FDI in Retail: Elephants and Cars will share the Highway in India
India's Retail sector is about $500 Billion of which only 5 % belongs to the Organized Retail. FDI is expected to significantly change this equation. On paper FDI seems promising. FDI will benefit the whole ecosystem. Farmers will get better price for their crops resulting from the elimination of middlemen. They will have access to knowledge, tools, and best practices from around the world for improving the produce output and quality. Today FCI (Food Corporation of India) does not have enough warehouses to store crops and in many cases the crop is left in the open resulting in high shrink. FDI will hopefully build enough warehouses to stock this and control price fluctuations. From a consumer perspective they will be assured of the most competitive price and quality. FDI will also generate a lot of employment; current estimates are that 10 million jobs will be created over next 10 years. I do not see FDI resulting in elimination of Kirana stores (Mom and Pop Stores) but see an exquisite balance where both formats can co-exist. Today there are about 10 million Kirana stores in India. I see FDI acting as suppliers to the Kirana stores who in turn will reach out to the end consumers. Kirana stores will also get training and support from FDIs i.e. I see Kirana stores becoming more organized or operate loosely as franchises for FDI Retail stores. In the cities, where majority of 250 Million Indian Middle class resides, FDI Retail formats will have the maximum appeal but then FDIs will have to rely on Kirana stores to reach out to the masses in rural areas. FDIs in fact will become the new middlemen between farmers and end consumers. Government needs to ensure that they control FDI Retail by framing policies which protect the interests of Indian Farmers, as an example do not let FDIs import sugar if World sugar price is lower than the minimum support price in India. This will not be seen as an unfair trade practice. Even countries like USA protect certain food sectors like the Sugar industry. FDI in Retail should not be seen as a threat but as an opportunity to significantly streamline the supply chain, distribution network, optimize pricing, and improve customer satisfaction and quality of life, co-existing with the Kiranas but gradually transforming them. Elephants and Cars will share the Highway in India.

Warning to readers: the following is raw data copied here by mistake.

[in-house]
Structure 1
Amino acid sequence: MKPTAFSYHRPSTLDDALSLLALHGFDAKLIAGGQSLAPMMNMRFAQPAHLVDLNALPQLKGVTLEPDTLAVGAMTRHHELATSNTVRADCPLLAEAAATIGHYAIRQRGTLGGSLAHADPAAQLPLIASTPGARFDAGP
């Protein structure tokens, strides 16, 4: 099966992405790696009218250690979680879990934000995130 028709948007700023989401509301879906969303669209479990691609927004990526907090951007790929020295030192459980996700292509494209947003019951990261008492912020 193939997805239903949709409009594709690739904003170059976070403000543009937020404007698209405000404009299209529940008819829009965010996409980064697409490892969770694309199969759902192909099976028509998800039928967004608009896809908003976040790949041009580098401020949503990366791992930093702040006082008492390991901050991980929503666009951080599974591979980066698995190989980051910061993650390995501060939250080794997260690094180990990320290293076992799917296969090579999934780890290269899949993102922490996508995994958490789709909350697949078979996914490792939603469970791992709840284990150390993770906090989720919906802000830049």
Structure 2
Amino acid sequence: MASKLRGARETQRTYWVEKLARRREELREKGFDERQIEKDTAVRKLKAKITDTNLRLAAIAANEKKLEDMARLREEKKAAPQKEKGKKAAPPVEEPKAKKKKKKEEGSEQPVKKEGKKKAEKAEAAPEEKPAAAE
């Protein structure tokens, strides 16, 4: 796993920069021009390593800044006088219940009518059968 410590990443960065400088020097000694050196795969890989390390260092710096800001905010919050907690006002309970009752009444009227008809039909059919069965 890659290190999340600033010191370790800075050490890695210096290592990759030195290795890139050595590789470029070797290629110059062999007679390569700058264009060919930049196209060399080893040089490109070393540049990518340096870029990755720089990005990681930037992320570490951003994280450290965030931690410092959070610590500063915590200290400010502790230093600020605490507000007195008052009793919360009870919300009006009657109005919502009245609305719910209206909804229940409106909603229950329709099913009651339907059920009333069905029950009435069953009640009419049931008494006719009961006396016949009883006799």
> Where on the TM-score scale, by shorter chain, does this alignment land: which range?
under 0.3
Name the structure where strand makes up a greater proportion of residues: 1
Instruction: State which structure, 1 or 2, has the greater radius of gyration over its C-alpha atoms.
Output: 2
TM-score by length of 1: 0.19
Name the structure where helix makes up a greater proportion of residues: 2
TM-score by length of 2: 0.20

Posted on behalf of Thomas Mathen